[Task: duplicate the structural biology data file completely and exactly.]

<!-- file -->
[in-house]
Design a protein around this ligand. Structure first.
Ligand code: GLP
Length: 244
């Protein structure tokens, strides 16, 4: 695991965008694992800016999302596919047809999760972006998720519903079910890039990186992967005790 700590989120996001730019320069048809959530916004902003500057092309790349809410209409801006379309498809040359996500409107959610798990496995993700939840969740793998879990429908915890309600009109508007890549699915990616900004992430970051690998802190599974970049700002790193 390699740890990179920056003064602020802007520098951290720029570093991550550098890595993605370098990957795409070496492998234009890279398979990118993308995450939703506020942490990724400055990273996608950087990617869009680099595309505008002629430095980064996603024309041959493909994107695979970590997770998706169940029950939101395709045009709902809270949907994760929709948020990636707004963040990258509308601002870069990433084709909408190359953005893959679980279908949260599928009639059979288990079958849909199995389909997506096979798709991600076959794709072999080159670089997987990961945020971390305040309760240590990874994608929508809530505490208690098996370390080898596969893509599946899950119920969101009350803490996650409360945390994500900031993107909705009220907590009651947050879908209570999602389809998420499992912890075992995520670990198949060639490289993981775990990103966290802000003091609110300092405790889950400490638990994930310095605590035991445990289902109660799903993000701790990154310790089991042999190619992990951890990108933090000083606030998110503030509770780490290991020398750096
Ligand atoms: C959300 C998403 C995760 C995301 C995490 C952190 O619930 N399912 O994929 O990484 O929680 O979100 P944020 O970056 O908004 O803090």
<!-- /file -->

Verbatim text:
[in-house]
Design a protein around this ligand. Structure first.
Ligand code: GLP
Length: 244
């Protein structure tokens, strides 16, 4: 695991965008694992800016999302596919047809999760972006998720519903079910890039990186992967005790 700590989120996001730019320069048809959530916004902003500057092309790349809410209409801006379309498809040359996500409107959610798990496995993700939840969740793998879990429908915890309600009109508007890549699915990616900004992430970051690998802190599974970049700002790193 390699740890990179920056003064602020802007520098951290720029570093991550550098890595993605370098990957795409070496492998234009890279398979990118993308995450939703506020942490990724400055990273996608950087990617869009680099595309505008002629430095980064996603024309041959493909994107695979970590997770998706169940029950939101395709045009709902809270949907994760929709948020990636707004963040990258509308601002870069990433084709909408190359953005893959679980279908949260599928009639059979288990079958849909199995389909997506096979798709991600076959794709072999080159670089997987990961945020971390305040309760240590990874994608929508809530505490208690098996370390080898596969893509599946899950119920969101009350803490996650409360945390994500900031993107909705009220907590009651947050879908209570999602389809998420499992912890075992995520670990198949060639490289993981775990990103966290802000003091609110300092405790889950400490638990994930310095605590035991445990289902109660799903993000701790990154310790089991042999190619992990951890990108933090000083606030998110503030509770780490290991020398750096
Ligand atoms: C959300 C998403 C995760 C995301 C995490 C952190 O619930 N399912 O994929 O990484 O929680 O979100 P944020 O970056 O908004 O803090």